Thinking about healthy beverage choices
By Julie Garden-Robinson
“Somebody doesn’t want us to have a mocha coffee, I guess,” my husband commented as we left a restaurant empty-handed.
I had coupons for two free special beverages, and the server had told us the machine was not working.
“I can save the coupons. Should we go back and buy some regular coffee?” I asked as we got into our vehicle.
I think he could tell I really wanted a mocha coffee.
“We can try another restaurant,” my husband responded. I was fine with that.
On the way, we narrowly avoided two vehicle accidents. My husband had quick reflexes despite the lack of caffeine.
Trying to collect my two free mochas nearly cost thousands of dollars in vehicle repairs.
“Now the sun is burning my retinas, and I won’t be able to see the restaurant,” my husband noted with exaggeration and a grin as we turned the corner and headed east.
“This is not divine intervention,” I said as I reached over and pulled down the sun visor.
“If the next place has a broken beverage machine, then I think you may be on to something, though,” I said as another car ran a red light, crossed our path and tested our vehicle’s braking capacity again.
“Actually, I think we might want to go home. Maybe we are supposed to cut some calories after this long winter,” I added as we reached the next restaurant.
The next place had a working machine, and I savored my 350-calorie mocha drink. I noted that I could have had a fairly substantial breakfast of eggs and whole- wheat toast for the same number of calories.
Beverages don’t fill you up the same way that solid food does. Having a protein source and whole-grain food in the morning helps tide you over until your next meal.
We definitely were wide awake after enjoying our rocket fuel-like beverages. I could have had them skip the whipped cream and chocolate syrup, but we did order medium-sized instead of large-sized beverages.
After I drank my mocha, I was energetic enough to run home along the side of our vehicle, but I restrained myself.
If we had one of these beverages on most days without balancing our calories from other sources or going to the gym for longer periods of time, we potentially could gain a couple of pounds a month, or more than 20 pounds in a year. We might need new wardrobes at that point.
Making healthful beverage choices plays a role in maintaining a healthy weight. Let’s review some tips adapted from www.choosemyplate.gov to learn more about choosing healthful beverages with lower calories:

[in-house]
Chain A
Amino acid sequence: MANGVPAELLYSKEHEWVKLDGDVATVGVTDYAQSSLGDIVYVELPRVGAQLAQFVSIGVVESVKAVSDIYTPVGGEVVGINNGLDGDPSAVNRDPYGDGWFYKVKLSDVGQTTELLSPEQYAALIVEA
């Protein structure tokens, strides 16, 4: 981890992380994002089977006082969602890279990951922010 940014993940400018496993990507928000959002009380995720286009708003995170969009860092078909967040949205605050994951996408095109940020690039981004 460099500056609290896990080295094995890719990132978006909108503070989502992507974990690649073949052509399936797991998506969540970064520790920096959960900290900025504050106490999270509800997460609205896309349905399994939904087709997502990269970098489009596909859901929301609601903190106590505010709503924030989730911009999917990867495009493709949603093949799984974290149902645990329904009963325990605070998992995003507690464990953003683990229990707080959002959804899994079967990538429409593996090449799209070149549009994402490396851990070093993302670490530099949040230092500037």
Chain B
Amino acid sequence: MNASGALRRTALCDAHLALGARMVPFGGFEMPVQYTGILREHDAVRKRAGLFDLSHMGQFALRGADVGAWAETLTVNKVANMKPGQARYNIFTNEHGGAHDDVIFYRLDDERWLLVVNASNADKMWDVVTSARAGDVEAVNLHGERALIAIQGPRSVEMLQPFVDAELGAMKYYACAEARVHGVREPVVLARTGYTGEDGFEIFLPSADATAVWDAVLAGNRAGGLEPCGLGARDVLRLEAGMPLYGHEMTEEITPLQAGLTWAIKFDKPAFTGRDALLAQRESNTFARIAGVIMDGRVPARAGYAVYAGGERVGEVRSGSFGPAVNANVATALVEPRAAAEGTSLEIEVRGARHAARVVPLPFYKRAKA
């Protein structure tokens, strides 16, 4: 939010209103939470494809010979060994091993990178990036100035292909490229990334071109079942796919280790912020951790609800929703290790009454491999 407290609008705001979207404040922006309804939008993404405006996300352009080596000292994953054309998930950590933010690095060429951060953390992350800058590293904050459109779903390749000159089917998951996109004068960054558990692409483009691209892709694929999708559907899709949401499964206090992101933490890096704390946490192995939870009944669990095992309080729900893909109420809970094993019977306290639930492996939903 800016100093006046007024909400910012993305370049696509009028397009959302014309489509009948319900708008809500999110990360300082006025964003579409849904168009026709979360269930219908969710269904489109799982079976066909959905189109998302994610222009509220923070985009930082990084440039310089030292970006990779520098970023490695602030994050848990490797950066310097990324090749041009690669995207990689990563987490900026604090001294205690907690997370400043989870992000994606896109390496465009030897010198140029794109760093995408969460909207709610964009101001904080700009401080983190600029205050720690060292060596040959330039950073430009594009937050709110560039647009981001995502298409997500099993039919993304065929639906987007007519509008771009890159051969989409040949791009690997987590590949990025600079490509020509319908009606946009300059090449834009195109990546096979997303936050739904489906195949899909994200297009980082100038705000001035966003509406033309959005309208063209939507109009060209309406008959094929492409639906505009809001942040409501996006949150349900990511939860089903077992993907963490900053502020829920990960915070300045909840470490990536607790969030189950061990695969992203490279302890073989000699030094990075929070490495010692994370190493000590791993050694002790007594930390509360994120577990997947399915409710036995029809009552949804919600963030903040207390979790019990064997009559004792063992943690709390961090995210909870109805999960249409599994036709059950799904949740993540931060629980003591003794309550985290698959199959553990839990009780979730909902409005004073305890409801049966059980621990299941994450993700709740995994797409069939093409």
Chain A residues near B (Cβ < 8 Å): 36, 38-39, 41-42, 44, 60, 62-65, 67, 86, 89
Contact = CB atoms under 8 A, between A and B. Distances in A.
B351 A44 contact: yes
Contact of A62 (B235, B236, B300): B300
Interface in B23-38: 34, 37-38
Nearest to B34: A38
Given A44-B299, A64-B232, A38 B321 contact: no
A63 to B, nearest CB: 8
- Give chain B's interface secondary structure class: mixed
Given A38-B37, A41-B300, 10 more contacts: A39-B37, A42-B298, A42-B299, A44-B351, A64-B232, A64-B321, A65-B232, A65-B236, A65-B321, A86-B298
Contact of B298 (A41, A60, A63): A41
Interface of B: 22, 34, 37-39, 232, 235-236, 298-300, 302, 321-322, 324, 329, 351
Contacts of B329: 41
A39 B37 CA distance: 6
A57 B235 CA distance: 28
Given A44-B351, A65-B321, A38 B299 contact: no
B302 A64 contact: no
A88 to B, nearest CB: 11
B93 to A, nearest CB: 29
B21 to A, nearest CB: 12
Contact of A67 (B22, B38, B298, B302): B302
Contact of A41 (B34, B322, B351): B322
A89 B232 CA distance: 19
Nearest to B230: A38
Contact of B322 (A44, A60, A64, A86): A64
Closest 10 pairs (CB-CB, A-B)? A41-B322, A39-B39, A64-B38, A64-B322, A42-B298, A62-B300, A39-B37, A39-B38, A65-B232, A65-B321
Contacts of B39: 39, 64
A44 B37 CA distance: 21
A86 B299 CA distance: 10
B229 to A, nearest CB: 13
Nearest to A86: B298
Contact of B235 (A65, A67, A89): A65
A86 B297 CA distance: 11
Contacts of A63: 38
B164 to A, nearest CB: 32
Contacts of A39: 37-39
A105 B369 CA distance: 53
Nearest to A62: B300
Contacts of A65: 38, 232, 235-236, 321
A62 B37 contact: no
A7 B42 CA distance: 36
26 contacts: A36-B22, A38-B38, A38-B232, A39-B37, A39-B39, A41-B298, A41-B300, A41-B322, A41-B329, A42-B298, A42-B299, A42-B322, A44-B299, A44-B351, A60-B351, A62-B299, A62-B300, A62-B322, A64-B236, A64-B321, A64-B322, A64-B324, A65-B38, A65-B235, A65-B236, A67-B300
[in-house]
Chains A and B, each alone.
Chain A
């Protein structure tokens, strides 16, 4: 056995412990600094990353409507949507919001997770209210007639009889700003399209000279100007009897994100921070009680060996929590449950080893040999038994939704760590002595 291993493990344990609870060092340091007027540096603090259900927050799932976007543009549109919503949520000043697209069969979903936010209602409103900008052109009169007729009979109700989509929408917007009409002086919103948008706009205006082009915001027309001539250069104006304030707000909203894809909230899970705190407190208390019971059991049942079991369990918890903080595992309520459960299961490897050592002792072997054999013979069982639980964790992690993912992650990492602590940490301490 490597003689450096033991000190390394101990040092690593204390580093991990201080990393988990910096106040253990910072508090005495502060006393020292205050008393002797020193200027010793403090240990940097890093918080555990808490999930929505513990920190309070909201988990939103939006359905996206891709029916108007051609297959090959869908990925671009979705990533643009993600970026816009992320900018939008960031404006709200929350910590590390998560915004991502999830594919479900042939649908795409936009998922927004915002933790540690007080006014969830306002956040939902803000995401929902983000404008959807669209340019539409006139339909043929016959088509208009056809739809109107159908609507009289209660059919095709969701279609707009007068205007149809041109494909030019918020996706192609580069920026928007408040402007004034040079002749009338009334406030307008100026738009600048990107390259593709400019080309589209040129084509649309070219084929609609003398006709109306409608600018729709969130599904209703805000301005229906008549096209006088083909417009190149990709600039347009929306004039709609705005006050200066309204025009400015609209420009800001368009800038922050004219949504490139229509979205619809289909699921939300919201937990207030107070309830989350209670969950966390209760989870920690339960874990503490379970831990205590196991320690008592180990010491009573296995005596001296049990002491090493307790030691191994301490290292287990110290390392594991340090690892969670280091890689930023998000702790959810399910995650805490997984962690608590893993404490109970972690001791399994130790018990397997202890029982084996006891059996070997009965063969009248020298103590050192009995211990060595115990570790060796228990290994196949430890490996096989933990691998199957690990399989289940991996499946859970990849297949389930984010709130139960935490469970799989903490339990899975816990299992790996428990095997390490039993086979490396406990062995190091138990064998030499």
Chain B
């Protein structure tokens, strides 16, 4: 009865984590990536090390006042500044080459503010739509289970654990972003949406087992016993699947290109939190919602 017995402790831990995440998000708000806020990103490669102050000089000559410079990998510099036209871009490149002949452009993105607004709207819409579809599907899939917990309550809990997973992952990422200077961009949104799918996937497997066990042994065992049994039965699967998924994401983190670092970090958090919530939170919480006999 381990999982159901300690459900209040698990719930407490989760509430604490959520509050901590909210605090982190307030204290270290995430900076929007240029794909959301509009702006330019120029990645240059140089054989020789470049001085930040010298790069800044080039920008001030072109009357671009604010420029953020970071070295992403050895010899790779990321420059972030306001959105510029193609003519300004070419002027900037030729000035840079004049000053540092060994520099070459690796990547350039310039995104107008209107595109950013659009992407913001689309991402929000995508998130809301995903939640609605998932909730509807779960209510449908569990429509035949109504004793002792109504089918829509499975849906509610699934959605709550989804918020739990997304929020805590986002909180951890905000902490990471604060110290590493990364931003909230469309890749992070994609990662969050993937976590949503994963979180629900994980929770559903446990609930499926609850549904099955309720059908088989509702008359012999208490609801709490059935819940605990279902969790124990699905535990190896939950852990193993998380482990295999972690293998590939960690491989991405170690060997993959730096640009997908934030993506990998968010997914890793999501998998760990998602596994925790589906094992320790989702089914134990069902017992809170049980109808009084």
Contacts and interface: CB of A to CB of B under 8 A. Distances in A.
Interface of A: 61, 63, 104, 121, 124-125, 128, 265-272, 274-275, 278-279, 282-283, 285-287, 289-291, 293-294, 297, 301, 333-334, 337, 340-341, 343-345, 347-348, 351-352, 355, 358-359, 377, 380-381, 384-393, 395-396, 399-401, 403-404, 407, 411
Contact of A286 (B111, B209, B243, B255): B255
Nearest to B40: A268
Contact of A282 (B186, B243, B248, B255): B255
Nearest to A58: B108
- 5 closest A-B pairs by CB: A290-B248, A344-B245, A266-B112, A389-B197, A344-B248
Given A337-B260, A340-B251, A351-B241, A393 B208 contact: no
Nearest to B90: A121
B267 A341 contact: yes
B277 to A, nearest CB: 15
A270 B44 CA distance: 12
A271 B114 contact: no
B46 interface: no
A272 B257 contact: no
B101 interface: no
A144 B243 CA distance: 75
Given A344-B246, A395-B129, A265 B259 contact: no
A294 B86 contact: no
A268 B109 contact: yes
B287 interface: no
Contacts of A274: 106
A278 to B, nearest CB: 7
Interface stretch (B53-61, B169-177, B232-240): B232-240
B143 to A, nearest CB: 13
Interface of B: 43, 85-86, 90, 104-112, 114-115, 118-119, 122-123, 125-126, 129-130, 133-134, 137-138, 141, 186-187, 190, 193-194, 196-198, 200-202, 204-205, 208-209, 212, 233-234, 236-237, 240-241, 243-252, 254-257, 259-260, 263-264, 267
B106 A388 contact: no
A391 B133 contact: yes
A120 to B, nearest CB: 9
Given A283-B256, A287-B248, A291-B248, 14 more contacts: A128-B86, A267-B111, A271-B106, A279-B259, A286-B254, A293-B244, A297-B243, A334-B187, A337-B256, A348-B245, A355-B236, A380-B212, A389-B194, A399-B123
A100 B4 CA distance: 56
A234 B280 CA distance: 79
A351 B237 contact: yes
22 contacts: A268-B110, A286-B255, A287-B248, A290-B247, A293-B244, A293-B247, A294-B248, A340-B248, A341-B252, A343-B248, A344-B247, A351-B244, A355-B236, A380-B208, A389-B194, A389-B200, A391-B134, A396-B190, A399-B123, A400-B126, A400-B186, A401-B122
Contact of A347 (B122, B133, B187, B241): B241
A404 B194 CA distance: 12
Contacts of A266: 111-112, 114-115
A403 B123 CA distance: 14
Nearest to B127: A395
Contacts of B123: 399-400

* Drink water. Try water instead of sweetened drinks such as regular soda, and energy or sports drinks.
* Be guided by your thirst. We all have different fluid needs, and most of us get enough water from the foods we eat and the beverages we drink. A healthy body can balance water needs throughout the day. Pay extra attention to your water/fluid consumption if you are very active, live or work in hot conditions or are an older adult.
* Save money by ordering water more often when you dine outside of the home.
* Make water, low-fat or fat-free milk and 100 percent juice the easy options in your home. Keep these beverages cold and ready to grab in your refrigerator.
* Have nutrient-rich milk to get your calcium, vitamin D and potassium. Children ages 9 and older and adults need 3 cups of milk per day. Children ages 4 to 8 years old need 2 1/2 cups, and children 2 to 3 years old need 2 cups.
* Enjoy an occasional special beverage but trim the serving size. For example, select smaller cans, cups or glasses instead of the super-sized options.
* Use reusable water bottles as a convenient and environment-friendly option to stay hydrated.
* Be sure to read and compare the Nutrition Facts labels on food products so you know what you are getting.
All foods, including treat-type beverages on occasion, can fit in a healthful diet. Here is a recipe from www.dairymakessense.com for a mocha beverage that can be prepared as a cool or hot beverage. At 130 calories per serving, it has about one-third of the calories of a similar beverage from a restaurant, plus it has all nine nutrients that milk provides.
2 c. coffee
2 c. fat-free milk
1 Tbsp. unsweetened cocoa powder
1 Tbsp. sugar
1 tsp. vanilla extract
Brew two cups of French roast or espresso-style coffee. Pour coffee into a small saucepan with milk, cocoa powder, sugar and vanilla extract; simmer for five minutes. Let cool for five minutes; pour over ice in two large cups with lids and shake well before serving.
To prepare warm: After simmering ingredients, blend with a hand-held electric mixture to create a frothy top and carefully pour into coffee mugs. Makes two servings. Each serving has 130 calories, two grams of fat, 20 g of carbohydrate, nine g of fiber, 130 milligrams of sodium and 30 percent of the daily recommendation for calcium.
(Julie Garden-Robinson, Ph.D., R.D., L.R.D., is a North Dakota State University Extension Service food and nutrition specialist and professor in the Department of Health, Nutrition and Exercise Sciences.)